A receptionist does much more than welcome, greet, and direct a company’s guests or clients.
The job includes maintaining the security and telecommunications systems, providing information to customers by answering or redirecting their inquiries, and offering administrative support within the company, among others.
As such, it’s not surprising at all if you’re stuck trying to put all that effectively on your receptionist resume.
Fortunately, though, with the right guidance, writing an impactful receptionist resume can be easy, and we’re here to help!
Read our article to learn all you need to know about writing a receptionist resume! Here’s exactly what we’ll cover:
- Receptionist Resume Example (Better Than 9 Out of 10 Examples)
- 8-Step Guide to Write Your Receptionist Resume
- 20+ In-Demand Skills to Put on Your Receptionist Resume
So let’s get to it!
Receptionist Resume Example (to Inspire You)
Not sure where to start with your resume? Reviewing a receptionist resume example is a good start!
The resume example above does everything right, including:
- Follows the chronological format. As the most popular format among recruiters worldwide, the chronological resume format is the way to go.
- Has a memorable resume profile. To show the recruiter they’re relevant as an applicant, the candidate has written a captivating resume summary.
- Includes professional contact details. In addition to the must-have contact details, the receptionist resume example above also lists the applicant’s LinkedIn and Skype handles.
- Lists quantifiable achievements. The candidate has built a work experience section that focuses on achievements to stand out from other applicants.
- Has a short education section. With plenty of work experience to show for, the receptionist resume example keeps their education section short.
- Includes relevant skills. The candidate doesn’t list every skill under the sun, but only the ones that are relevant to the position.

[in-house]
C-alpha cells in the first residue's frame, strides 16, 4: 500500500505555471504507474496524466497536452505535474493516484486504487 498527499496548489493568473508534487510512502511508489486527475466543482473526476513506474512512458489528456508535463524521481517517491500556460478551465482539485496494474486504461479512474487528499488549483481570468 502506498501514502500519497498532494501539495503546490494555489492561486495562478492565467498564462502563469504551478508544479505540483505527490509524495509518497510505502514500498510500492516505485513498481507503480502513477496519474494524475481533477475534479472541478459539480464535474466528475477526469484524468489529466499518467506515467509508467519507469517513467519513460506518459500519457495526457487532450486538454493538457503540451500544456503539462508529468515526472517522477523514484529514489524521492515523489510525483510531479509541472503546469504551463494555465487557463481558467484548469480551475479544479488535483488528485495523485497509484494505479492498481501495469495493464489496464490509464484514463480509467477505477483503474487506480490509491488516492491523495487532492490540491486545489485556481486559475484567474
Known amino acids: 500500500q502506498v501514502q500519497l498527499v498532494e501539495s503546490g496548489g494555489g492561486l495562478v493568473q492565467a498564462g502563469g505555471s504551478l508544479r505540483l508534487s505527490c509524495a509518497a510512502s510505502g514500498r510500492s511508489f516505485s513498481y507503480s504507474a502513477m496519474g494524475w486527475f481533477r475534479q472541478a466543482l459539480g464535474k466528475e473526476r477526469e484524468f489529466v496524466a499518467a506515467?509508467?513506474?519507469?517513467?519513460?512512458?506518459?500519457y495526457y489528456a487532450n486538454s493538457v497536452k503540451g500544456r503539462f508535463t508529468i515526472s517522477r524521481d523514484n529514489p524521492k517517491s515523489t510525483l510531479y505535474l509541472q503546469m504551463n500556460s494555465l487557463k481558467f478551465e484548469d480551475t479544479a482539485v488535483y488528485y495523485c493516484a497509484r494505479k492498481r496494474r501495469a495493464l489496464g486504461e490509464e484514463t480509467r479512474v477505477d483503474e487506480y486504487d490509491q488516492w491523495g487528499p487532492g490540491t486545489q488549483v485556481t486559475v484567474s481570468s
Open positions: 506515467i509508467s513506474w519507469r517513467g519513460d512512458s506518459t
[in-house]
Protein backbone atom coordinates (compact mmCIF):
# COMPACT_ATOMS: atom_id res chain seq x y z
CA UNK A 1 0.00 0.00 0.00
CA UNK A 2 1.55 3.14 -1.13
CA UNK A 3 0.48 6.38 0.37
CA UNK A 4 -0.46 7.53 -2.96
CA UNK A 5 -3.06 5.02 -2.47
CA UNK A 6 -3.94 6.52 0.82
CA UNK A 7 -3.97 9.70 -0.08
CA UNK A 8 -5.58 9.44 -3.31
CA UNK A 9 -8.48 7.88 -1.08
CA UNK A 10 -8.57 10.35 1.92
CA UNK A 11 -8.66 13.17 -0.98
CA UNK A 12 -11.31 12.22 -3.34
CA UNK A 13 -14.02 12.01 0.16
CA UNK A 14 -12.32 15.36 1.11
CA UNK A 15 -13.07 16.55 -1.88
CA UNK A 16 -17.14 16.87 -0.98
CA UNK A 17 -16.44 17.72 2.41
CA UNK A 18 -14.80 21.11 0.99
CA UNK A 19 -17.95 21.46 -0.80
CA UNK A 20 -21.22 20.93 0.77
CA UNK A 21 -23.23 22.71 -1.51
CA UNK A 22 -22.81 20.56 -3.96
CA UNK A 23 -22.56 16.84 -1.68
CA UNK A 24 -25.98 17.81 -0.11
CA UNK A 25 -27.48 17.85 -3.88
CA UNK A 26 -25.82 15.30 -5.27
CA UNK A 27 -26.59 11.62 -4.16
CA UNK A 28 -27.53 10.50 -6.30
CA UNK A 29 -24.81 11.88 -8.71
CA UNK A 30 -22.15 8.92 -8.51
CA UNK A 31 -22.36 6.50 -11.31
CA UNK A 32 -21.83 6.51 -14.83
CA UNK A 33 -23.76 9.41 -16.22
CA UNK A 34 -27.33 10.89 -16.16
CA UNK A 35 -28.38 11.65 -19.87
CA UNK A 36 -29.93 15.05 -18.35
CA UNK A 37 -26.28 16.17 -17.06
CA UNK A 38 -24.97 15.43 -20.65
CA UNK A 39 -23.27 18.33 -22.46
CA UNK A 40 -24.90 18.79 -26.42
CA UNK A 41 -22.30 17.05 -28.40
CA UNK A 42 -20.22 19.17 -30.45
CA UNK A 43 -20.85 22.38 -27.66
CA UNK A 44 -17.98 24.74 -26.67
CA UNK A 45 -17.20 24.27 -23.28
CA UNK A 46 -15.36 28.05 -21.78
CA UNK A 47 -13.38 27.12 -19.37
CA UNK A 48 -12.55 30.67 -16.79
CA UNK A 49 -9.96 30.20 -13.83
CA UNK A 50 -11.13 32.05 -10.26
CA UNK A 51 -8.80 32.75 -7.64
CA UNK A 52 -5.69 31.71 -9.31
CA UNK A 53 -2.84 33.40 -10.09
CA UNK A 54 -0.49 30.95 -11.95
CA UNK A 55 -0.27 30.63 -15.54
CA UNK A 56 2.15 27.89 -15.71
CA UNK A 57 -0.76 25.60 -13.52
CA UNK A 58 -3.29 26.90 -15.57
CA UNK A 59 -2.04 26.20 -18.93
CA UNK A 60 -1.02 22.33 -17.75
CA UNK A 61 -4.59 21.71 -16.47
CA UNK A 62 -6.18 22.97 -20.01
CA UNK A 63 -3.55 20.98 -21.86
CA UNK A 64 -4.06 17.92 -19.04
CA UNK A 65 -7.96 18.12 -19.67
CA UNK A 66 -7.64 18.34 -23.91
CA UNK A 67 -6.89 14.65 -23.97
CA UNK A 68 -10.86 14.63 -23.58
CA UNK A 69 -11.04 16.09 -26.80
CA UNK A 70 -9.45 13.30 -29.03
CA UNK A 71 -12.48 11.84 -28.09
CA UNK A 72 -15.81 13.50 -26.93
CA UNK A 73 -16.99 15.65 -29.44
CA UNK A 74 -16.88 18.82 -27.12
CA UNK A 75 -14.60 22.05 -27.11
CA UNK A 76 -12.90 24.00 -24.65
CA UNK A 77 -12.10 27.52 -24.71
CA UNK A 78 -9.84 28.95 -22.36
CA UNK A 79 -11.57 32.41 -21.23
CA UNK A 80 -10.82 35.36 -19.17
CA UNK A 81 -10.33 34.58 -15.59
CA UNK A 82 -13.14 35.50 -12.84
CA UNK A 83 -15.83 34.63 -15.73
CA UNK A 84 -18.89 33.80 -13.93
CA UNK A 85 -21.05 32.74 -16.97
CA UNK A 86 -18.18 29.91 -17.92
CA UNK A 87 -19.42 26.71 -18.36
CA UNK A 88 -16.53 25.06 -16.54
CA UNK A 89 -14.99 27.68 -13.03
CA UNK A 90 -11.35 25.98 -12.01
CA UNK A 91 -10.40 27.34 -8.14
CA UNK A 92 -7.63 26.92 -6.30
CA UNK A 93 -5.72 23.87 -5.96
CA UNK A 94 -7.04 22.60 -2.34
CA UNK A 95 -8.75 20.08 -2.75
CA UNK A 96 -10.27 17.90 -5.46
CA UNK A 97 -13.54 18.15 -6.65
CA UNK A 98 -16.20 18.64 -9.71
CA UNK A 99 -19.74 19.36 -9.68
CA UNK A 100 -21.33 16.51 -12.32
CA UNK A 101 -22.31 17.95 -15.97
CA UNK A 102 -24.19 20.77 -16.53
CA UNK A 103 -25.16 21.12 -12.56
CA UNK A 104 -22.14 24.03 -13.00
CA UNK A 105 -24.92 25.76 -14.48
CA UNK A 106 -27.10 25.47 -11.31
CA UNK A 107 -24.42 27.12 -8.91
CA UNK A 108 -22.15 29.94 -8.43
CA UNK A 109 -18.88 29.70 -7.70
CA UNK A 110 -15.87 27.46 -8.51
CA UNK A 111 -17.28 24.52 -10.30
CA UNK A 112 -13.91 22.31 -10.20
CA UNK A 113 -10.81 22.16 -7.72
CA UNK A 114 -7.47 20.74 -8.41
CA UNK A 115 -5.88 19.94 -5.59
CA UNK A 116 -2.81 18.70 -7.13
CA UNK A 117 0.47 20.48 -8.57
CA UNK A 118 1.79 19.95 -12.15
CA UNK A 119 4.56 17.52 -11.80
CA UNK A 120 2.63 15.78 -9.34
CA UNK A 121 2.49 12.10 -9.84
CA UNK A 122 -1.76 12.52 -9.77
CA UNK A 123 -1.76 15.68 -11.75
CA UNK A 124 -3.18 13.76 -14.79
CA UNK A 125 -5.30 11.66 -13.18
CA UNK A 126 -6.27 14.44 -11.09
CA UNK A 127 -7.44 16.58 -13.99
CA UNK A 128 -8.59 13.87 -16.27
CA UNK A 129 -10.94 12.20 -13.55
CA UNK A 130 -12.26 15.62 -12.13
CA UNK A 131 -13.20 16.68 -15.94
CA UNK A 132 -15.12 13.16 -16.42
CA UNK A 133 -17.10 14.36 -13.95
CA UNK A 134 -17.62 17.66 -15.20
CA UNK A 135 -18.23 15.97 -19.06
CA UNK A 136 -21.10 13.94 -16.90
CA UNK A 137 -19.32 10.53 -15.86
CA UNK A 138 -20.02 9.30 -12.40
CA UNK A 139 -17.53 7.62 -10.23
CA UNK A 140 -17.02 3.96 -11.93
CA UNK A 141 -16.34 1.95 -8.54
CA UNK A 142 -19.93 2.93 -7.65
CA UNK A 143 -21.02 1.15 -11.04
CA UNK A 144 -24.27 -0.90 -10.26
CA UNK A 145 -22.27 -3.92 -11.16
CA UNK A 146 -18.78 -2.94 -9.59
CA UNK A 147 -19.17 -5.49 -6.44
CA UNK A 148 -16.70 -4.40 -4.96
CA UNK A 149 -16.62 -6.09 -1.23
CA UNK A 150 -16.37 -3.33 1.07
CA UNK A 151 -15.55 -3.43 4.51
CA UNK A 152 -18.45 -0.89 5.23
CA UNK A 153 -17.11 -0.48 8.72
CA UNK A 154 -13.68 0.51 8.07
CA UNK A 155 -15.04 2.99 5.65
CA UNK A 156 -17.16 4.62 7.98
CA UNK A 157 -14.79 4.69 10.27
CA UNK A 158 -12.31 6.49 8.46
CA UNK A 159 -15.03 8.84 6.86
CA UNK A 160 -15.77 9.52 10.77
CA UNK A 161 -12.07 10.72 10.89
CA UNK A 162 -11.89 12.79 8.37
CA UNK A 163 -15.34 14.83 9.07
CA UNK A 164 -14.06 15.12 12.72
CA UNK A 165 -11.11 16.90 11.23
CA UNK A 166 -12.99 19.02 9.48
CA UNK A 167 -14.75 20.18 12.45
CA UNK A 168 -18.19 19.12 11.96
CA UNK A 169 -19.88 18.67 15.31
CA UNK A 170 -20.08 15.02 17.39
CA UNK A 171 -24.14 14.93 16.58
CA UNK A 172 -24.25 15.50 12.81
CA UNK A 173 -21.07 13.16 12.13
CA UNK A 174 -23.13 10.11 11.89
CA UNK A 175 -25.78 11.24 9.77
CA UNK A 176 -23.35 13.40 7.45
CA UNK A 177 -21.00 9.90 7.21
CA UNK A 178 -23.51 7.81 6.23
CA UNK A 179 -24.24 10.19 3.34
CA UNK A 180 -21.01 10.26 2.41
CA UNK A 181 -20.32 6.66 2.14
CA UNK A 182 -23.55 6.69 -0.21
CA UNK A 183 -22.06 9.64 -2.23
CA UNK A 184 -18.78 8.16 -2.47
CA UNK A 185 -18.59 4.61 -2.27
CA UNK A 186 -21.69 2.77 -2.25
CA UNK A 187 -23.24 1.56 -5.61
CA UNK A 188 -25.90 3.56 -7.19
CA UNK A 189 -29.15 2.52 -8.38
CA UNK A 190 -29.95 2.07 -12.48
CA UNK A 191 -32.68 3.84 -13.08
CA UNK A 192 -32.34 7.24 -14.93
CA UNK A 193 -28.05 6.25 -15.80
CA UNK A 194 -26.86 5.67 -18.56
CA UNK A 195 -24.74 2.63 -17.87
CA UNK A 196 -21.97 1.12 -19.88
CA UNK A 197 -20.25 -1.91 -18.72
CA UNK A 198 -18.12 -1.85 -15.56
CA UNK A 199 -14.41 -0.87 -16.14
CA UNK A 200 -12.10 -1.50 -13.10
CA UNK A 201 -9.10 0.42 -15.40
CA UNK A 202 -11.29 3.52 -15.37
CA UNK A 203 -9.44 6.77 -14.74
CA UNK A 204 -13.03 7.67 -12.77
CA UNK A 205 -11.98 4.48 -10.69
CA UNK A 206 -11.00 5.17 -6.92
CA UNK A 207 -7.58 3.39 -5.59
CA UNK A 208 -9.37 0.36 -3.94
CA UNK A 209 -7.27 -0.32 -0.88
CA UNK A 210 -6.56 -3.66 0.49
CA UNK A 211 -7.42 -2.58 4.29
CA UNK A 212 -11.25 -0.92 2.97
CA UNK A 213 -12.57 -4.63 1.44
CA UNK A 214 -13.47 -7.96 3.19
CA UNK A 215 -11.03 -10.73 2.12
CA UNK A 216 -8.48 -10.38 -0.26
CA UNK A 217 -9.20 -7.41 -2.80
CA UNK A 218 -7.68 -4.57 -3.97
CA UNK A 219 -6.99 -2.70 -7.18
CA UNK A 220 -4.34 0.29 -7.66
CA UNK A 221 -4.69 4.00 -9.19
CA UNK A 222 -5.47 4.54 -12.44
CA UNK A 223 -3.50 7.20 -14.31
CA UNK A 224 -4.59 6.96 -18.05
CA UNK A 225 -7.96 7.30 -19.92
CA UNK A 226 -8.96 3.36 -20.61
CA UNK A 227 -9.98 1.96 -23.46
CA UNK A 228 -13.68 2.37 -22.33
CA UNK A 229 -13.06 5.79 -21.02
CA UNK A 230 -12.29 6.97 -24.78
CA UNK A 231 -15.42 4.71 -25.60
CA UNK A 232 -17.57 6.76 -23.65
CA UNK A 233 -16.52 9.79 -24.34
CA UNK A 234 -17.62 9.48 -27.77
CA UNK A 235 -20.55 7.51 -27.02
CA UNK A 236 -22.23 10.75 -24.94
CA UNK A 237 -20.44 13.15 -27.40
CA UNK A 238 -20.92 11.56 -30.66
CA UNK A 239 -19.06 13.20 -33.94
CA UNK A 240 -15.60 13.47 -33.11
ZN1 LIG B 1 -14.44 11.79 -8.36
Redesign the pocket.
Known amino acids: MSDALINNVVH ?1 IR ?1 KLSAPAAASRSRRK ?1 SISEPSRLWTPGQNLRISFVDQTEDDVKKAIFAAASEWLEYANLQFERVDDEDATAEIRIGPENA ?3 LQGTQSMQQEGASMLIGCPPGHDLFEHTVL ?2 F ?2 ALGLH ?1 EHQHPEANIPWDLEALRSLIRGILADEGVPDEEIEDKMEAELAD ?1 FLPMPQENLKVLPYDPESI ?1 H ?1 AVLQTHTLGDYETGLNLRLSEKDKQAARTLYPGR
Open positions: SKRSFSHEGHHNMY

- Uses optional resume sections the right way. By adding their certificates and languages, the candidate has even better chances at standing out from the competition.
- Is based on a well-designed resume template. To avoid the hassle of building their resume from scratch, the receptionist resume example above was built using a plug-and-play template.
8-Step Guide to Write Your Receptionist Resume
Inspired by the receptionist resume example above?
Now it’s time to write yours! Below, we’ll walk you through the 8 essential steps for creating an effective receptionist resume, starting with:
#1. Choose the Right Format and Layout
When it comes to resumes, the structure is everything.
You can be an amazing professional and you still won’t stand much chance if:
- Your resume sections are all out of order.
- Your resume is very hard to follow because of a messy structure.
- The resume looks unprofessional because you picked the wrong font.
So, before you can start filling out the contents of your receptionist resume, you’ve got to first make sure its format and layout are just right.
When it comes to your resume format, the choice is quite easy.
Out of the three resume formats (chronological, functional (also known as skills-based), and combination) you should go for the chronological resume format. It’s the most popular among recruiters everywhere in the world and successfully highlights your skills and achievements by putting your most recent work experience first.
Here’s what it looks like:
Now, when it comes to the layout, you’ll have to keep a few more things in mind:
- Keep your resume short. Unless you have 10+ years of experience, a 1-page resume is your best bet that recruiters will go through your entire resume. After all, they receive hundreds of applications daily—they don’t have time to read your resume if it’s the same length as a short novella.
- Picking the right font size and style. Go for 11-12 pt font size for the body of your text and 13-14 pts for the section headers. As for the style, we recommend using a font that’s casual but professional, such as Ubuntu or Roboto.
- Using section headers. Section headers are a good way to clearly separate your resume’s sections.
- Saving your resume as a PDF file. Unless otherwise instructed in the job description, save your resume as a PDF. That way, you can be sure it will open as you intended it despite the device or OS that opens it.
Or Skip Formatting and Layout Altogether By Using a Resume Template!
You spend hours and hours tweaking your resume layout, only for it to look like a generic, black-and-white resume.
Not a good feeling, right?
Want to skip ahead of all the formatting hassle and jump right into filling in your contents? AND come out with a visually-appealing, short-n-snappy resume, all at the same time?
All you have to do is pick one of Novorésumé’s free, plug-and-play templates!
Our resume templates were made in collaboration with professional recruiters, which means they are easy to read and scan (and they’re ATS-friendly to boot!).